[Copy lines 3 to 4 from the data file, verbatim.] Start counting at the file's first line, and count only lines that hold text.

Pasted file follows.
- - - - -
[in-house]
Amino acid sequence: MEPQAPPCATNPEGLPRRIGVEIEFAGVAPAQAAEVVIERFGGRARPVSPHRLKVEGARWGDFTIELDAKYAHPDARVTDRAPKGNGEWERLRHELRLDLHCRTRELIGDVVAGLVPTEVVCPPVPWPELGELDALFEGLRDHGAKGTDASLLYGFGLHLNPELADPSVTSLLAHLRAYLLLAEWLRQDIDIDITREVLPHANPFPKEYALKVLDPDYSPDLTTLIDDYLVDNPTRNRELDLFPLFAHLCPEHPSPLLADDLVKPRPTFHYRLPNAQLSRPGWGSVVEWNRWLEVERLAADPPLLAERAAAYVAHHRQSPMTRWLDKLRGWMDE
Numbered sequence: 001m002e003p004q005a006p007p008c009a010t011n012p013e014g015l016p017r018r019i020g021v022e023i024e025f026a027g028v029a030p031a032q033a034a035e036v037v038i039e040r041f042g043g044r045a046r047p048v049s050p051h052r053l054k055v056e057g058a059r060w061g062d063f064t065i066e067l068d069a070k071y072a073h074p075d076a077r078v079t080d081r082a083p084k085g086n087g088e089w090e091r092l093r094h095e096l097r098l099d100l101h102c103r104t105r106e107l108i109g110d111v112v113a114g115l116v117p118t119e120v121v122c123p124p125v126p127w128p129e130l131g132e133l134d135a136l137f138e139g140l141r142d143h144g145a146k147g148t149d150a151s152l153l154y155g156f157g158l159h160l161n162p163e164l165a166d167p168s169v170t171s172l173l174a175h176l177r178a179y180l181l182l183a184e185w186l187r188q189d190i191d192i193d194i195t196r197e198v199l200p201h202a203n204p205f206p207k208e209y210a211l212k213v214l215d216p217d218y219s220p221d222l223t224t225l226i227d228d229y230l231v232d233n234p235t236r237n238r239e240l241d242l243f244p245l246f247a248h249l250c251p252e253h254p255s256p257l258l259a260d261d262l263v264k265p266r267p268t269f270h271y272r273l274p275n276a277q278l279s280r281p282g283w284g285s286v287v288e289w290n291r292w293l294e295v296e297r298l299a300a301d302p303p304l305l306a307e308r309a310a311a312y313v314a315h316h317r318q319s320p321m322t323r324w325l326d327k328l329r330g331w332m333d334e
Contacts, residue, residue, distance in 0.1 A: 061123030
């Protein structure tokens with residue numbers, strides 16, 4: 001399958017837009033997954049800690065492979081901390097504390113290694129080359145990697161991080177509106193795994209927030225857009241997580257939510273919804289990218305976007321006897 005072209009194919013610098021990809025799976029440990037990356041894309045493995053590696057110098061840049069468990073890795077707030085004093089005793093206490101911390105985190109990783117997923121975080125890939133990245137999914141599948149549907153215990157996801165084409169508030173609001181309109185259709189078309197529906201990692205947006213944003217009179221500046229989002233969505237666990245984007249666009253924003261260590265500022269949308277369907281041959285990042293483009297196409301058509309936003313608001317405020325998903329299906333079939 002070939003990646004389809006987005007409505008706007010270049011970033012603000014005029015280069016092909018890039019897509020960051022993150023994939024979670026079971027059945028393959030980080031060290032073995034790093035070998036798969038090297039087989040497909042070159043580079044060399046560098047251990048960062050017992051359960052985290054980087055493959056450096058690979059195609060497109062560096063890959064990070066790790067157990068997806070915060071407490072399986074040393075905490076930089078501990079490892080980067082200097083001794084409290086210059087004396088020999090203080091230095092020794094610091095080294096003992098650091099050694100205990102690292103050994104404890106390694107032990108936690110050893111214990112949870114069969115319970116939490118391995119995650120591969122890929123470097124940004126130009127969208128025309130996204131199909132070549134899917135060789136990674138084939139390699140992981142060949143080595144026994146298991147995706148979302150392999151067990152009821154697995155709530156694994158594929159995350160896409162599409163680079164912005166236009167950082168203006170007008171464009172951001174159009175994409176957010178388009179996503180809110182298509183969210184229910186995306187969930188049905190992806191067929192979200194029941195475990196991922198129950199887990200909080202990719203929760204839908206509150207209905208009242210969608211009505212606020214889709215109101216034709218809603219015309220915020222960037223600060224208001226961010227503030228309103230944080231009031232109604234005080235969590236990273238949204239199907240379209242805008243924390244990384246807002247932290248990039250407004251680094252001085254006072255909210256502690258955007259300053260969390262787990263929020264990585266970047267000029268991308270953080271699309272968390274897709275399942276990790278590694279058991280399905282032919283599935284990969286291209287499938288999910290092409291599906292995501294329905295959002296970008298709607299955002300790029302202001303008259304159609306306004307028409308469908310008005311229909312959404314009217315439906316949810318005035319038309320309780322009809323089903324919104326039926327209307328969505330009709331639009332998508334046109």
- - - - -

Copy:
Numbered sequence: 001m002e003p004q005a006p007p008c009a010t011n012p013e014g015l016p017r018r019i020g021v022e023i024e025f026a027g028v029a030p031a032q033a034a035e036v037v038i039e040r041f042g043g044r045a046r047p048v049s050p051h052r053l054k055v056e057g058a059r060w061g062d063f064t065i066e067l068d069a070k071y072a073h074p075d076a077r078v079t080d081r082a083p084k085g086n087g088e089w090e091r092l093r094h095e096l097r098l099d100l101h102c103r104t105r106e107l108i109g110d111v112v113a114g115l116v117p118t119e120v121v122c123p124p125v126p127w128p129e130l131g132e133l134d135a136l137f138e139g140l141r142d143h144g145a146k147g148t149d150a151s152l153l154y155g156f157g158l159h160l161n162p163e164l165a166d167p168s169v170t171s172l173l174a175h176l177r178a179y180l181l182l183a184e185w186l187r188q189d190i191d192i193d194i195t196r197e198v199l200p201h202a203n204p205f206p207k208e209y210a211l212k213v214l215d216p217d218y219s220p221d222l223t224t225l226i227d228d229y230l231v232d233n234p235t236r237n238r239e240l241d242l243f244p245l246f247a248h249l250c251p252e253h254p255s256p257l258l259a260d261d262l263v264k265p266r267p268t269f270h271y272r273l274p275n276a277q278l279s280r281p282g283w284g285s286v287v288e289w290n291r292w293l294e295v296e297r298l299a300a301d302p303p304l305l306a307e308r309a310a311a312y313v314a315h316h317r318q319s320p321m322t323r324w325l326d327k328l329r330g331w332m333d334e
Contacts, residue, residue, distance in 0.1 A: 061123030